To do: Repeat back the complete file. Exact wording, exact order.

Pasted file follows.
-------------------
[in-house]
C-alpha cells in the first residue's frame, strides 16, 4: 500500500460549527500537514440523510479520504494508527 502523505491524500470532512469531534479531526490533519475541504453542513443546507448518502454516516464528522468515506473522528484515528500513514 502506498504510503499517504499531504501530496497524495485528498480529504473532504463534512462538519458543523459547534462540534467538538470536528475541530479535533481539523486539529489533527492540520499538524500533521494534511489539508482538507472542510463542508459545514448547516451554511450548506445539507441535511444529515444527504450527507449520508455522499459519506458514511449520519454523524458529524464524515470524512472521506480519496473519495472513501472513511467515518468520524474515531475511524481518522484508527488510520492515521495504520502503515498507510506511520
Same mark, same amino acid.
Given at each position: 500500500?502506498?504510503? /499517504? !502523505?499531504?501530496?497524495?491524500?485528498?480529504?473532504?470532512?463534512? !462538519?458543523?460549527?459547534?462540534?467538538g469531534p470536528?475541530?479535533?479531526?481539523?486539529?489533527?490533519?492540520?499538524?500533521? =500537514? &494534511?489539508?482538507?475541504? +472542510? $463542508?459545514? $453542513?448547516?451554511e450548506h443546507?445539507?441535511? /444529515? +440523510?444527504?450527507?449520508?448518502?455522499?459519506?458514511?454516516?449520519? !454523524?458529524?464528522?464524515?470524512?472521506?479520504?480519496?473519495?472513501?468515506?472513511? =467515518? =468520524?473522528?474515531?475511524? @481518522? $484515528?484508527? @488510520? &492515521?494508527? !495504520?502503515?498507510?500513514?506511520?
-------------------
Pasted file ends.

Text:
[in-house]
C-alpha cells in the first residue's frame, strides 16, 4: 500500500460549527500537514440523510479520504494508527 502523505491524500470532512469531534479531526490533519475541504453542513443546507448518502454516516464528522468515506473522528484515528500513514 502506498504510503499517504499531504501530496497524495485528498480529504473532504463534512462538519458543523459547534462540534467538538470536528475541530479535533481539523486539529489533527492540520499538524500533521494534511489539508482538507472542510463542508459545514448547516451554511450548506445539507441535511444529515444527504450527507449520508455522499459519506458514511449520519454523524458529524464524515470524512472521506480519496473519495472513501472513511467515518468520524474515531475511524481518522484508527488510520492515521495504520502503515498507510506511520
Same mark, same amino acid.
Given at each position: 500500500?502506498?504510503? /499517504? !502523505?499531504?501530496?497524495?491524500?485528498?480529504?473532504?470532512?463534512? !462538519?458543523?460549527?459547534?462540534?467538538g469531534p470536528?475541530?479535533?479531526?481539523?486539529?489533527?490533519?492540520?499538524?500533521? =500537514? &494534511?489539508?482538507?475541504? +472542510? $463542508?459545514? $453542513?448547516?451554511e450548506h443546507?445539507?441535511? /444529515? +440523510?444527504?450527507?449520508?448518502?455522499?459519506?458514511?454516516?449520519? !454523524?458529524?464528522?464524515?470524512?472521506?479520504?480519496?473519495?472513501?468515506?472513511? =467515518? =468520524?473522528?474515531?475511524? @481518522? $484515528?484508527? @488510520? &492515521?494508527? !495504520?502503515?498507510?500513514?506511520?